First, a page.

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EDITORIAL: Now is the time to take anti-racism action

"Do you want to fix that to make it a better community or do you just want to put a veil on things."
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Tina Fontaine.

Colten Boushie.

Rodney Levi.

Chantel Moore.

These names reflect Canada’s shameful inaction to address the inequity faced by Indigenous people in our county. They are sad reminders that in our country not all lives are treated with equal value.

The Canadian government acknowledged in June 2019 with the release of Reclaiming Power and Place: The Final Report of the National Inquiry into Missing and Murdered Indigenous Women and Girls that what is happening Indigenous communities is comparable to genocide.

There are believed to be between 2,500 and 4,000 Missing and Murdered Indigenous Women and Girls across Canada, and the report states that it is not possible to conclude a final number.

The current Black Lives Matter movement is a rebellion against the injustices that many have faced because there skin is not white.

It can be challenging unpacking the prejudice and racism that permeates Canadian systems of justice and culture. But by working to educate ourselves and understand our prejudices we can embrace deep and meaningful change.

“That is an uncomfortable truth for many people,” said Stoney Nakoda knowledge keep Thomas Snow. “But, until we get to that truth and acknowledge that we cannot even begin to move forward in an honest and meaningful way.”

The history of Canada needs to be addressed and unpacked to break the toxic relationship that was established through colonialism.

Working together we can learn from our countries past mistakes and build a new relationship going forward.

“We’ve all been colonized to an extent and we’ve all been traumatized to an extent,” Snow said. 

This experience has created a deep-seated trauma that has broken individuals and our society.

The cracks are beginning to show and what has been silent ache has turned into a rallying cry to support Canada's Indigenous and people of colour.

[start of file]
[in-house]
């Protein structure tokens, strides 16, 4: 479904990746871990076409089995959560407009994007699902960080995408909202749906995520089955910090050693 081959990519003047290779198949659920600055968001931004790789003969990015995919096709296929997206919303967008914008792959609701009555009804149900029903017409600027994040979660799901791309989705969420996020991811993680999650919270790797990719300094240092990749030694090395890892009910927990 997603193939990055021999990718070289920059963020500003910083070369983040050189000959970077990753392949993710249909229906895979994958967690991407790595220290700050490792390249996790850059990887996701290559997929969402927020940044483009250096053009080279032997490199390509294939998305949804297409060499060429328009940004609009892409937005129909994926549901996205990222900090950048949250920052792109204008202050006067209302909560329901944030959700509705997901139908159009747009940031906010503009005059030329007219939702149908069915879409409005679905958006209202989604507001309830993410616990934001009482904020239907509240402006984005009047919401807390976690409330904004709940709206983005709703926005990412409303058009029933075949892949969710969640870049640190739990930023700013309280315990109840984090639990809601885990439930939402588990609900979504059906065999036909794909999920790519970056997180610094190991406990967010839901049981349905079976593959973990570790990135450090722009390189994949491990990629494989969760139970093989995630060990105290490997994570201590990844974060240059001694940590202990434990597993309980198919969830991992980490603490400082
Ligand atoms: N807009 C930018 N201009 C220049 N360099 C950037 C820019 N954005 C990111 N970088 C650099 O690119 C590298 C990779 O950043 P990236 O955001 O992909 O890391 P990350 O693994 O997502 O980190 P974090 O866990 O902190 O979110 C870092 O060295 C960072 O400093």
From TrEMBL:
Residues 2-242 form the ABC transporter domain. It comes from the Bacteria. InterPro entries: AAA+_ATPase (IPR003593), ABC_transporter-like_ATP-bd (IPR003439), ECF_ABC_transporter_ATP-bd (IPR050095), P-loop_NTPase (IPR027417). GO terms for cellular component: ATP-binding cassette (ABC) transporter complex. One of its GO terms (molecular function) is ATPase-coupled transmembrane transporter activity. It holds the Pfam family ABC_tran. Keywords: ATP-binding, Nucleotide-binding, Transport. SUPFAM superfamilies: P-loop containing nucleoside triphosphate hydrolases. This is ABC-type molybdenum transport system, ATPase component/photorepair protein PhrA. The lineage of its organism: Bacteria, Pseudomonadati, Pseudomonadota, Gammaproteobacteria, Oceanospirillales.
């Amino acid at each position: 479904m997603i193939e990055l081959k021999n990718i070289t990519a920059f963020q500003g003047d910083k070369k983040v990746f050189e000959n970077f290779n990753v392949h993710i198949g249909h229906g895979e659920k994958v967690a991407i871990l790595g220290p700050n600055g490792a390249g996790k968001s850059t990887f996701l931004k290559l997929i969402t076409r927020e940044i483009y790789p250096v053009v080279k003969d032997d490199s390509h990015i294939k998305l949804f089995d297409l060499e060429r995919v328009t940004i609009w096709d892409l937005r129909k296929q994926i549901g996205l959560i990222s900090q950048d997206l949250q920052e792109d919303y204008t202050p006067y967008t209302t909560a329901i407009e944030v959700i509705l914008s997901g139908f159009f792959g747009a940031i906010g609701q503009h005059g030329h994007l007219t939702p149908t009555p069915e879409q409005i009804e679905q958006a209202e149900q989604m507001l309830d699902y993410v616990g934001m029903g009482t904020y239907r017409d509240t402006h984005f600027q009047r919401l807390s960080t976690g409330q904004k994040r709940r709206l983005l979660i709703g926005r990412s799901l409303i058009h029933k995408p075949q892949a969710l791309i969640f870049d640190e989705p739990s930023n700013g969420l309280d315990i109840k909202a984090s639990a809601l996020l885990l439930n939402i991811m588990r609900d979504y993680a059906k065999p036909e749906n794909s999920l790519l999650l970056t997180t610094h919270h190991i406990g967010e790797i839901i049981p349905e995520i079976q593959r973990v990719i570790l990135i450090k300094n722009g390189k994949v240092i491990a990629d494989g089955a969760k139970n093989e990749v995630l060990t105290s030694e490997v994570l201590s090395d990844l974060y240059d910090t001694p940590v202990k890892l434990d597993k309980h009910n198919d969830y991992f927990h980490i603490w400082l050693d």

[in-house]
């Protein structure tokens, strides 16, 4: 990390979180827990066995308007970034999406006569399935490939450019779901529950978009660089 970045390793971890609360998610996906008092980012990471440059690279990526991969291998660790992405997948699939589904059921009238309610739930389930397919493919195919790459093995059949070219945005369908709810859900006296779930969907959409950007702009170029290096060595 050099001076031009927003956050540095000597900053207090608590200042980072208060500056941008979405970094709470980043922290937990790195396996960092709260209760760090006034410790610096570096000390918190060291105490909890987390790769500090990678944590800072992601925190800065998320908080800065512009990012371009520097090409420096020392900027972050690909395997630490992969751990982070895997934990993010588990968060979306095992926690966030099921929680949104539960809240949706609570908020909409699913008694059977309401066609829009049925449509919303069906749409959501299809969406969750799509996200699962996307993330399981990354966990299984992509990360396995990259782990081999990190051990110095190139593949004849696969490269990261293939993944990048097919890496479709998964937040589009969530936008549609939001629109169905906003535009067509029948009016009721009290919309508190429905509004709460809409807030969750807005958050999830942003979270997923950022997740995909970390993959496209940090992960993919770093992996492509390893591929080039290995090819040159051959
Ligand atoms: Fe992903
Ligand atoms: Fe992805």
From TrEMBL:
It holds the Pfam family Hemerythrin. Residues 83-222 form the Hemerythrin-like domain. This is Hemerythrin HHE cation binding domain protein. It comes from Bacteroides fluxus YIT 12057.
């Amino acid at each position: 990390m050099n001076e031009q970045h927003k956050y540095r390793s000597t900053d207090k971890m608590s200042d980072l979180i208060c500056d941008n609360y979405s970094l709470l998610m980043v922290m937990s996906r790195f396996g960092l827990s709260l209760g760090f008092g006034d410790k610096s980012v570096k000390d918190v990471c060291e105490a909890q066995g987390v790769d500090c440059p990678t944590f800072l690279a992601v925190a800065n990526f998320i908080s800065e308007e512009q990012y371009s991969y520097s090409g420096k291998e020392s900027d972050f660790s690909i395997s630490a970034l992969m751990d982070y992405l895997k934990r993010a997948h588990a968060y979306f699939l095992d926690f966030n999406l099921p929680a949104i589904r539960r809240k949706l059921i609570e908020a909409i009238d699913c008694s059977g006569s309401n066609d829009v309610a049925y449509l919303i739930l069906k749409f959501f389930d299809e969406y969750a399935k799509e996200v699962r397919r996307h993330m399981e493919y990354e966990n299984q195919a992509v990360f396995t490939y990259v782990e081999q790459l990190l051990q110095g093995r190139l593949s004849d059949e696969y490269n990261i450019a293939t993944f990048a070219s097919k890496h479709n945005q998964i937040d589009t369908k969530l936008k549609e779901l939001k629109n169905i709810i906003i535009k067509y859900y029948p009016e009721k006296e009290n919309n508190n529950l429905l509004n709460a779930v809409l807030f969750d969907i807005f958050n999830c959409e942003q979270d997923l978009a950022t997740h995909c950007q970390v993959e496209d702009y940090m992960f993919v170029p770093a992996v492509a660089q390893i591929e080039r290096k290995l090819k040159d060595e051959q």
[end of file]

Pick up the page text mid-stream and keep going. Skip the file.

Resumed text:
It is an exciting time because we have the opportunity to embrace being anti-racist and become active in ensuring all Canadians feel safe, comfortable and equal in their communities.

If you are just waking up to the injustice faced by many people of colour and Indigenous people in Canada, do not feel bad, because now is the time to join the rebellion and demand change.

The Black Lives Matter rally held in Cochrane on Sunday (June 14) is the first step on a long journey towards equity and equality for all Canadians— Now the real work begins and it will take our entire country to ensure hateful stereotypes are challenged and real change becomes permanent.

It’s time to roll up our sleeves and understand that for some of us thinking about race and our place in society is a privilege because we choose to engage. Not all Canadians have this privilege because every day they are judged for the colour of their skin. 

Being anti-racist is hard and necessary work, but we should be excited that we are in a time in Canadian history where we have the opportunity to make a significant change that benefits our society as a whole.

This is not a political change it is an ethical necessity.

All lives cannot matter until all lives are valued equally— We cannot rest until this is true.

To quote Rural Albert Against Racism organizer Taylor McNallie, "Do you want to fix that to make it a better community or do you just want to put a veil on things."



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